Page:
What are little boys made of?
Frogs and snails
And puppy-dogs' tails
That's what little boys are made of
What are little girls made of?
Sugar and spice
And everything nice
That's what little girls are made of


It's somewhat amusing that a Georgian nursery rhyme should form the foundation of so-called 'feminist theory'.
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PostSubject: Re: Defining Masculinity   Fri Apr 03, 2015 9:01 pm

Not sure there is anything particularly feminist about a post that points out the limited number of women in positions of power. In a society where masculinity is supposedly threatened, that surely would not be the case.

It might just be a case of this generation of men being a more whiny bunch than their forefathers.
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PostSubject: Re: Defining Masculinity   Fri Apr 03, 2015 11:13 pm

Salomé wrote:
Not sure there is anything particularly feminist about a post that points out the limited number of women in positions of power.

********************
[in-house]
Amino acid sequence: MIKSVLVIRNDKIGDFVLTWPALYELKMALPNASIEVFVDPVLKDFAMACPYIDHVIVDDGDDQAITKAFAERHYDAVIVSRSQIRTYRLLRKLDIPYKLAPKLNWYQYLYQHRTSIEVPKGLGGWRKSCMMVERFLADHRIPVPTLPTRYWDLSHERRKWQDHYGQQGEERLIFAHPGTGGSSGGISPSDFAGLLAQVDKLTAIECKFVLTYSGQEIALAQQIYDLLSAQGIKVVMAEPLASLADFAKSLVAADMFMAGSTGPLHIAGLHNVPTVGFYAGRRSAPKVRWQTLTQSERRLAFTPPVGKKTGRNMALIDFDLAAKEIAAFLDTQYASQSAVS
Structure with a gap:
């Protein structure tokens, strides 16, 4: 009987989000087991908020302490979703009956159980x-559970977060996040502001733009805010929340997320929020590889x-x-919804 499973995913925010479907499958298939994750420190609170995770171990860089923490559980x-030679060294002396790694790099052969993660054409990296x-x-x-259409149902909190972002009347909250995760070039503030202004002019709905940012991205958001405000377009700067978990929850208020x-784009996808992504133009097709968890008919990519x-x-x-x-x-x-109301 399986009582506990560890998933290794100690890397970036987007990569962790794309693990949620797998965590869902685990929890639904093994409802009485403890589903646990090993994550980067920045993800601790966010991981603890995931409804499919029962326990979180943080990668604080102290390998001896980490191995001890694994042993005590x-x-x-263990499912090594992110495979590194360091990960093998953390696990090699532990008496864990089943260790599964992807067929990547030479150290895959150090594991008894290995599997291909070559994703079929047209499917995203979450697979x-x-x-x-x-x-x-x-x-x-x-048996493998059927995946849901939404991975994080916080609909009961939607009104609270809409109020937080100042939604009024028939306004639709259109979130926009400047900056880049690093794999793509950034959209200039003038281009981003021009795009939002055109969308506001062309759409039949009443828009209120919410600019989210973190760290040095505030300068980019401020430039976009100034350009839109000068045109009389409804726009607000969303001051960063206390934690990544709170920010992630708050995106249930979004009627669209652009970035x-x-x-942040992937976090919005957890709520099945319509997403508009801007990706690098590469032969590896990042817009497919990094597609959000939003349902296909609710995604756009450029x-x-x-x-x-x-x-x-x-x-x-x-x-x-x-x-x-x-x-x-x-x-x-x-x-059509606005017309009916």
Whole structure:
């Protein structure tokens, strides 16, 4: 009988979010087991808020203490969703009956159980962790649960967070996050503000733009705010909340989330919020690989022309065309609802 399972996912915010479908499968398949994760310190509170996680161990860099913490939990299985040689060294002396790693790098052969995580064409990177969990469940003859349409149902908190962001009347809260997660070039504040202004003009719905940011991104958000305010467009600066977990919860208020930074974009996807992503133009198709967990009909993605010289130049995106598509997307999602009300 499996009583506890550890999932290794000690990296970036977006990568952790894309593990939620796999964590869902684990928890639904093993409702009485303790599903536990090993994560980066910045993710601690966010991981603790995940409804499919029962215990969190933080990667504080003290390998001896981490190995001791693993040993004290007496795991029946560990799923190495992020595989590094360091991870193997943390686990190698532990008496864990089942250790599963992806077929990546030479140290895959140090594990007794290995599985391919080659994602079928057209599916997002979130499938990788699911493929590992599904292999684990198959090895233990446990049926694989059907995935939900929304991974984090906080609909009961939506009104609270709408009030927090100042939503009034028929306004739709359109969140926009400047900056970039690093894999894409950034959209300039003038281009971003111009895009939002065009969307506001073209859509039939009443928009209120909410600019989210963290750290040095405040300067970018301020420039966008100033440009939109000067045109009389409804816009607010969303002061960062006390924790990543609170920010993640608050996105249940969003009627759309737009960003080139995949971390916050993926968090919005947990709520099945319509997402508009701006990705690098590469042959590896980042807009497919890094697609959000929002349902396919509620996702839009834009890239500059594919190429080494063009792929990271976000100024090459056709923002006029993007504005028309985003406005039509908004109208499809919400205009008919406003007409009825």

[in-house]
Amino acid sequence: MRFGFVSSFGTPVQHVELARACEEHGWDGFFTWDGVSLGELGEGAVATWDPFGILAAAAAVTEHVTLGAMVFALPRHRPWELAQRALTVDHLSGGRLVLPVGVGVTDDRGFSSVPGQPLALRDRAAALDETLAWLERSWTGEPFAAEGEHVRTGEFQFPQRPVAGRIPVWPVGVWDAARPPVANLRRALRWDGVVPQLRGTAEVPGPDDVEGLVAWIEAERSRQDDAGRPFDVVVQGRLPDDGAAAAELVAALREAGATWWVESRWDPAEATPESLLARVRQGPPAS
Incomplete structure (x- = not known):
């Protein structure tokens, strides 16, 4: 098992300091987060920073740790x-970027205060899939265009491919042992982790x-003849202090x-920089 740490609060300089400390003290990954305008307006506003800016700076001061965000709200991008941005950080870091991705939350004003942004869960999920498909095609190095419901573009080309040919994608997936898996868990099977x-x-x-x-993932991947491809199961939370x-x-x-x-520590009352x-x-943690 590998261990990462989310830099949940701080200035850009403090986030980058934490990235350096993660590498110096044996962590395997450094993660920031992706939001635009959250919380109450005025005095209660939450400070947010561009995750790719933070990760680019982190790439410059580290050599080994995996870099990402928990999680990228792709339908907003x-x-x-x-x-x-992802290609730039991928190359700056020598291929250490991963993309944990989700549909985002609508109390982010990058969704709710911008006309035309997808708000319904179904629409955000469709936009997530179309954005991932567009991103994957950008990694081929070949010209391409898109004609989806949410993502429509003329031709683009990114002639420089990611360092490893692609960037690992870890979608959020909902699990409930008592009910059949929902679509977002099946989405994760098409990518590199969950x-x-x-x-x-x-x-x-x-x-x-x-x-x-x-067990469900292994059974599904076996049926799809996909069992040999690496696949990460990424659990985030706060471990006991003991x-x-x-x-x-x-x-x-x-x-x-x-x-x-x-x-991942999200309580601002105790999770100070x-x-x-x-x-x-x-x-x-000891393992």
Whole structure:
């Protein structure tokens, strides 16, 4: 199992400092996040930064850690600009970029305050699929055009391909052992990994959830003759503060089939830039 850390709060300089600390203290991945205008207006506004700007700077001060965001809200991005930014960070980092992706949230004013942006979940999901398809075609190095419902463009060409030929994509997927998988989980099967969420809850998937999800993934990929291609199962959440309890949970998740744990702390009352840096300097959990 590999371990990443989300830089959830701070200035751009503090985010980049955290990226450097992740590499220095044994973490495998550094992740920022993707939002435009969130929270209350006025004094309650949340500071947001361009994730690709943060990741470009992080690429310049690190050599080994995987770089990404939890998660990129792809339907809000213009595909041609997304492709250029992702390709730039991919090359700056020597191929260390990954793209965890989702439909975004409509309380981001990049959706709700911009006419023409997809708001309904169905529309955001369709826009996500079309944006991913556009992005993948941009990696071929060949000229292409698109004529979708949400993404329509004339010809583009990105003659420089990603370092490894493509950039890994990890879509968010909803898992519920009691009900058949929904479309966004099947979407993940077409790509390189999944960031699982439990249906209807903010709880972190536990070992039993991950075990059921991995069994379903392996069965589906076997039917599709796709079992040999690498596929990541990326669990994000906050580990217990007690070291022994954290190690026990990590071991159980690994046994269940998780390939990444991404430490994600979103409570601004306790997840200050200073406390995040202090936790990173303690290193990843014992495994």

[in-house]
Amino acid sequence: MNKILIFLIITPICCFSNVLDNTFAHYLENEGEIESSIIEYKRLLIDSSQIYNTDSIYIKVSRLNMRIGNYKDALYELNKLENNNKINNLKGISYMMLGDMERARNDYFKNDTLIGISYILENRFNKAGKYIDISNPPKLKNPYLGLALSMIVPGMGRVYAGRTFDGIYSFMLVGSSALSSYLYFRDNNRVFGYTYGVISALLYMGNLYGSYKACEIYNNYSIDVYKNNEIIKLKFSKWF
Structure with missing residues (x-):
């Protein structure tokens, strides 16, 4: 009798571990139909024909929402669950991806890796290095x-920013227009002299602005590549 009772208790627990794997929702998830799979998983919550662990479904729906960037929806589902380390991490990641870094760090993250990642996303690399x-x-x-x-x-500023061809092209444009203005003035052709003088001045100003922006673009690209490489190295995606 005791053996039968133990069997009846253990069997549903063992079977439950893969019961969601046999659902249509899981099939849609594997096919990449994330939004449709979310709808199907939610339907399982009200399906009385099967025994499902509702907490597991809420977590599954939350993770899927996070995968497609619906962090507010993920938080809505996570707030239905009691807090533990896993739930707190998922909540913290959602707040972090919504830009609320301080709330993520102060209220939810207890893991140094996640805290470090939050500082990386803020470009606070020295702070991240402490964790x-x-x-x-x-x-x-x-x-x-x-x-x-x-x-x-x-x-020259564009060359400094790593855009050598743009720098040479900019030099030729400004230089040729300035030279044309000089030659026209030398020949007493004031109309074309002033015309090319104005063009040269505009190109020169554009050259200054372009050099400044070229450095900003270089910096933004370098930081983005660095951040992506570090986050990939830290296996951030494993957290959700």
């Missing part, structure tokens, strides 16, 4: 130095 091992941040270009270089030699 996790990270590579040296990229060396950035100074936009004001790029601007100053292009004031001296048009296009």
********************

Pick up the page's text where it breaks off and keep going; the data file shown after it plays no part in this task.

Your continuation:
It's a case of what you left out rather than said. In the UK, far more women go to university than men and, in the age group 20-35, women earn more than men. (Men only start to earn more when women leave the workplace to raise families.) You've focussed on the highest echelons of power, which are no more accessible to most men than women. They're also statistically insignificant. Nice sleight of hand, though.

Salomé wrote:
It might just be a case of this generation of men being a more whiny bunch than their forefathers.

I suppose that depends on what you define as whining. Suicide is now the single biggest cause of death in men aged 20-49 in England and Wales, with males accounting for 78 per cent of all suicides in the UK. To put that into context, female suicide rates have halved since 1981.
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PostSubject: Re: Defining Masculinity   Sat Apr 04, 2015 1:41 am

You will have to explain to me how the fact that the highest positions of power in both the political and business realm are still largely occupied by men is not relevant to a discussion about the supposed crisis that masculinity finds itself in. If the people who call the shots are still primarily men, then how can their gender find itself in any real danger of losing its power or status? And if that is indeed the case, would it not largely be a self-inflicted wound then?
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PostSubject: Re: Defining Masculinity   Sat Apr 04, 2015 1:43 am

Erica Ambler wrote: